Basics of the New Perspective: Dispensationalism and the NPP

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There are a number of other topics which could be included in a discussion of the New Perspective.  The “faithfulness of Christ” or “Christ’s faithfulness” debate is very important although the details are a bit arcane.  Wright’s view of the Exile is important, but not something that is at the heart of the New Perspective on Paul.  Let me close off this series with a few observations why I think that dispensationalism and the New Perspective can be closely allied.  By dispensationalism, I do not mean the quirky stuff (people predicting the end of the world, etc.) The dispensationalism I have in mind here is represented by writers like Darrell Bock, Craig Blaising, Robert Saucy or Dale DeWitt.  There are quite a few ideas in the New Perspective which resonate with dispensationalism.  I do not mean to say that the NPP is dispensational, only that the two are often “on the same page.”  A few examples will suffice.

First, dispensationalism has always had a strong view of progressive revelation which lends itself to a narrative of salvation history.  Scripture is the unfolding story of redemption.  God is working through a series of “steps” or stages to redeem creation from the effects of sin.  Wright has particularly emphasized “story” as a way of understanding Jesus and Paul, often using the analogy of a five act play.  His oft-cited world view questions are important, Paul is answering the question “what time is it?”  Dispensationalism highlights the fact that Paul is describing the current age as distinct from the last.

Second, dispensationalism has never been particularly anti-Semitic and has always done a good job emphasizing the Jewishness of the writers of the New Testament. This is may be a result of dispensationalism’s late development as a system of thought, but it is also true many of the earliest “dispensational” thinkers were interested in Jewish evangelism.  That the New Perspective says Jesus, Paul, Peter and James reflect Second Temple Period Judaism is nothing which should shock a dispensationalist!  I think that there is a great deal more to be learned by studying Paul and Jesus in the light of our growing understanding of the Second Temple Period.

Third, dispensationalism has always emphasized Paul as the central figure for the present age.  He is the “founder of the church” and his letters are usually emphasized over other writers in the New Testament.  Paul claims his revelation is unique, and dispensationalists frequently develop this claim to mean that Paul is the only one to whom God revealed his plan for the current age (Eph 3:1-6, for example). The New Perspective also emphasizes the radicalness of Paul’s message in the context of Second Temple Period Judaism.  For all of his connections to Judaism, Paul says things that would be considered radical within any form of “biblical” Judaism of the first century.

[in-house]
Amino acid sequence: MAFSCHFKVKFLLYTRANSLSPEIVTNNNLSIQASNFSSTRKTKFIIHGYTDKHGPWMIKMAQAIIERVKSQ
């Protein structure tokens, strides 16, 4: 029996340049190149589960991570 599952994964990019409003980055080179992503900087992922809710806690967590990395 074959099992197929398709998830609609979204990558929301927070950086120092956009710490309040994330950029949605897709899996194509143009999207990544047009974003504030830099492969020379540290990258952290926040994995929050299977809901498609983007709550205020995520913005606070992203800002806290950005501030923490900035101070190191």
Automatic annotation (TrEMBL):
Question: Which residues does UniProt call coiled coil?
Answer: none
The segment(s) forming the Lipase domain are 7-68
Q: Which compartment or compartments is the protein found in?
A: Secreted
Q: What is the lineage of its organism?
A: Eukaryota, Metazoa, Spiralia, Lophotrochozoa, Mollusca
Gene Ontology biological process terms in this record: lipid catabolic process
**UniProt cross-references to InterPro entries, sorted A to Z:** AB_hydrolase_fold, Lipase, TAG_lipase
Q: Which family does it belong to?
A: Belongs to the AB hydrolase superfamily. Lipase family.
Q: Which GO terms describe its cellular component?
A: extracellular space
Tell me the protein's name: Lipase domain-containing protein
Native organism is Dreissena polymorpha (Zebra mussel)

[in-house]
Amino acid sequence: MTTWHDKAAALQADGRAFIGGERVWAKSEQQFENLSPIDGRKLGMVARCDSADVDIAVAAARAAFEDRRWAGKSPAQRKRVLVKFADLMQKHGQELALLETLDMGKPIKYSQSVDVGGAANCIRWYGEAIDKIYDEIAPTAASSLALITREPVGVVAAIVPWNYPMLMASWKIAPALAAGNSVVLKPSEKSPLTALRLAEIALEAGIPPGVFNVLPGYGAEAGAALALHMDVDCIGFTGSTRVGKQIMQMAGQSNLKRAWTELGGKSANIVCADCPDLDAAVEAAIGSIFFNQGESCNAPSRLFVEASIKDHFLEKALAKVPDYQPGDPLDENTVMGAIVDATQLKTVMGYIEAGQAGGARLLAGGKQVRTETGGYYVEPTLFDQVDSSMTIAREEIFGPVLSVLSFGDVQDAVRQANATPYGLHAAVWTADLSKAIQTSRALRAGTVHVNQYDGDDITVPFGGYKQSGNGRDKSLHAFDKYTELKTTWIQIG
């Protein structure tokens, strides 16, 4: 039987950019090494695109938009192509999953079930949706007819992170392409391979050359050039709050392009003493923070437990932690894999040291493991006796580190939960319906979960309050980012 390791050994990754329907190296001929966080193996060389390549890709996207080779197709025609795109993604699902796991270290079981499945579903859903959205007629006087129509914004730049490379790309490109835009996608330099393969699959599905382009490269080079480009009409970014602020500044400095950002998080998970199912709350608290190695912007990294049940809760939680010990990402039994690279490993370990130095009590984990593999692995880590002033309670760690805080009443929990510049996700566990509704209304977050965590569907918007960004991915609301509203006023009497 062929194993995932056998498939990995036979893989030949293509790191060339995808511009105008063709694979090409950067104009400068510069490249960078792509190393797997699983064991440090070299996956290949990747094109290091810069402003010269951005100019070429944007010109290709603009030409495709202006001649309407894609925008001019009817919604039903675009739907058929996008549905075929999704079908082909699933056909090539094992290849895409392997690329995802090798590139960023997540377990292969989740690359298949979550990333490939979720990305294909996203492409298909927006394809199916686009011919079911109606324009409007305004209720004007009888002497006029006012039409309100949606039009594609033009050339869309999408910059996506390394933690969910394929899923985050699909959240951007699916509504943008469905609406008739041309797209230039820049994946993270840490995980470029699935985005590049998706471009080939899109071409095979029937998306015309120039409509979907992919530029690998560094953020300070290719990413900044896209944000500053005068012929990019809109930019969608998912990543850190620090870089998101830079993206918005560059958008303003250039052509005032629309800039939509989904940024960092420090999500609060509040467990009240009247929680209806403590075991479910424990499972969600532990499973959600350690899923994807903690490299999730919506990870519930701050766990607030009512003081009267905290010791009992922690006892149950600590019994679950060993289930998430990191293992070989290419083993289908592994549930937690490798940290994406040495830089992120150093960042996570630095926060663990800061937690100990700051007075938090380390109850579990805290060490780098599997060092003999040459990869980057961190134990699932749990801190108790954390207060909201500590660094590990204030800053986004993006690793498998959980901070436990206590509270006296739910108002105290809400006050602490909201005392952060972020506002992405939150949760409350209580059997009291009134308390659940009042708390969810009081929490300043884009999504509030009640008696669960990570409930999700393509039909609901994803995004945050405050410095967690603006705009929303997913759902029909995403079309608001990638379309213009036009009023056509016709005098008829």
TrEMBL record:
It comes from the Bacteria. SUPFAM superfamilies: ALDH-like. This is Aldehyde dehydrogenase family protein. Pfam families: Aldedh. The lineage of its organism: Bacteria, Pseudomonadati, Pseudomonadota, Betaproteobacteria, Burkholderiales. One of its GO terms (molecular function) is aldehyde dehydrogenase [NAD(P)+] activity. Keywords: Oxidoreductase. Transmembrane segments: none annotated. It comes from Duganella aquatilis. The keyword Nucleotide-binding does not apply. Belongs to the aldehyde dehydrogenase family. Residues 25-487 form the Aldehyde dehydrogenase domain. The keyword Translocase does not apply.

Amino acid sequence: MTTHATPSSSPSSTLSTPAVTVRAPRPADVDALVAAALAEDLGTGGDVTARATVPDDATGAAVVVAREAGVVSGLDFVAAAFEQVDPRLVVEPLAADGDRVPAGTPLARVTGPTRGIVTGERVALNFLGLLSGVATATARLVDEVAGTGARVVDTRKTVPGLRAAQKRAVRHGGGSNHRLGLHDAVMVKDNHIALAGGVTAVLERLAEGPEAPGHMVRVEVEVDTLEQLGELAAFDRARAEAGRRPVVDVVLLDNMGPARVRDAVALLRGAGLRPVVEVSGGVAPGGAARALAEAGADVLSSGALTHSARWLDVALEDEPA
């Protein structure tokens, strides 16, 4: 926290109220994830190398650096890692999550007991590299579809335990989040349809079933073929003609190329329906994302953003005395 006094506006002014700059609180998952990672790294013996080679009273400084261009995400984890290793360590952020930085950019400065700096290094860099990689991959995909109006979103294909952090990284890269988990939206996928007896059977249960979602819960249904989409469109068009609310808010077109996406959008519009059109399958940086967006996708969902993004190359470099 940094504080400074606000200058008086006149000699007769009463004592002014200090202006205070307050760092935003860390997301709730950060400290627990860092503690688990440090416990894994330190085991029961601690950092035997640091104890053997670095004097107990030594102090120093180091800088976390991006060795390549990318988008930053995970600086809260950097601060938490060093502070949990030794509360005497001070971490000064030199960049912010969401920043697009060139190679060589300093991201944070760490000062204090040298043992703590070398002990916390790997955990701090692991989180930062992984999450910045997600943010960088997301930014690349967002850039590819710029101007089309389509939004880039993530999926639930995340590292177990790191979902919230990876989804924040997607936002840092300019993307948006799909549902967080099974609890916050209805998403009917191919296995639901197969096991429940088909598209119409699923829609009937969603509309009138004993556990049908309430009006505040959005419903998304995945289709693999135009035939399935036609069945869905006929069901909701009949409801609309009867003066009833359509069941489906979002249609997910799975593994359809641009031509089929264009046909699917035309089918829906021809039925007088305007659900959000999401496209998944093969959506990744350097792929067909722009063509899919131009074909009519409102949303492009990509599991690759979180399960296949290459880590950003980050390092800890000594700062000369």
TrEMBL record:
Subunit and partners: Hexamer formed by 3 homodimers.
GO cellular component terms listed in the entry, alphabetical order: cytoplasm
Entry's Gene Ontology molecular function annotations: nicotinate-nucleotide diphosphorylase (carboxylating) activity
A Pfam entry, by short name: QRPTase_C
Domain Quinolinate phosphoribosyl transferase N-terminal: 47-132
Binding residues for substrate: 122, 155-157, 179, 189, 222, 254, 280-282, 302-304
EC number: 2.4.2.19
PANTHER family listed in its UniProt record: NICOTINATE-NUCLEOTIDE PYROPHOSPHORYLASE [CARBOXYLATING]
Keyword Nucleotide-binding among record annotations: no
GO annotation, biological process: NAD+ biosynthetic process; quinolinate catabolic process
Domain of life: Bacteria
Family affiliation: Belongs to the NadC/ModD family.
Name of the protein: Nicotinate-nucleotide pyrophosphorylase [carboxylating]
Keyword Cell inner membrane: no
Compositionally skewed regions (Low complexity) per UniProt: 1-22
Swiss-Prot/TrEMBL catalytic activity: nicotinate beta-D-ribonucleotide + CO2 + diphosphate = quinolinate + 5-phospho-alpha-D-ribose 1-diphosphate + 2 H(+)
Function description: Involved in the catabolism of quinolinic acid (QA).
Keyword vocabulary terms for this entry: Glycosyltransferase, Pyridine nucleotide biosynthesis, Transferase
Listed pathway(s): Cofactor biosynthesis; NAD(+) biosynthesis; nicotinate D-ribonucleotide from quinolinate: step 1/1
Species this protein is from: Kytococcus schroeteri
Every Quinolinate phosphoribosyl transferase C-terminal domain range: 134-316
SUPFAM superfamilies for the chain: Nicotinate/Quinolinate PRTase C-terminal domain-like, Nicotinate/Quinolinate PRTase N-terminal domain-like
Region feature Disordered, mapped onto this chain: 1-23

Fourth, with respect to the Justification debate, dispensationalists are a bit confused.  Dispensationalism developed out of the reformed tradition, continuing the reformation in terms of ecclesiology and eschatology.  Dispensationalism is in fact a development of covenant theology whether either side wants to admit it or not.  As such there is a interest in the soteriology of the Reformers, but the anti-denominationalism of dispensationalists prevents them from fully embracing confessions and the like.  As a result, there are dispensationalists who represent all the various “flavors” of the reformation, Calvinist or Arminian.  Soteriology is not the primary motivation for most dispensationalists, so this debate might very well pass them by.

I do think that the New Perspective is correct in their description of justification as one of the many metaphors of salvation and that the reformation stream theologies have elevated it to such an extent that the word “justification” now means “total salvation.”  For me, the fact that Paul uses “in Christ” to describe our salvation far more often makes it a more viable overarching metaphor for salvation.  It also seems to me that the division between justification and sanctification in Systematic theology misses the point that Paul uses the same language for both the beginning of our salvation and our on-going experience of salvation.

Obviously someone like N. T. Wright is not a dispensationalist in any sense of the word, but it is remarkable how many of his basic ideas resonate with dispensationalist foundations.  I think this is why Wright goes out of his way to separate himself from dispensationalism, although he has in mind the goofy popular forms. The New Perspective certainly does not go so far as to separate the church from Israel in the way that dispensationalists do, nor is there any sort similarity in eschatology.  There is much to be learned from reading the New Perspective on Paul.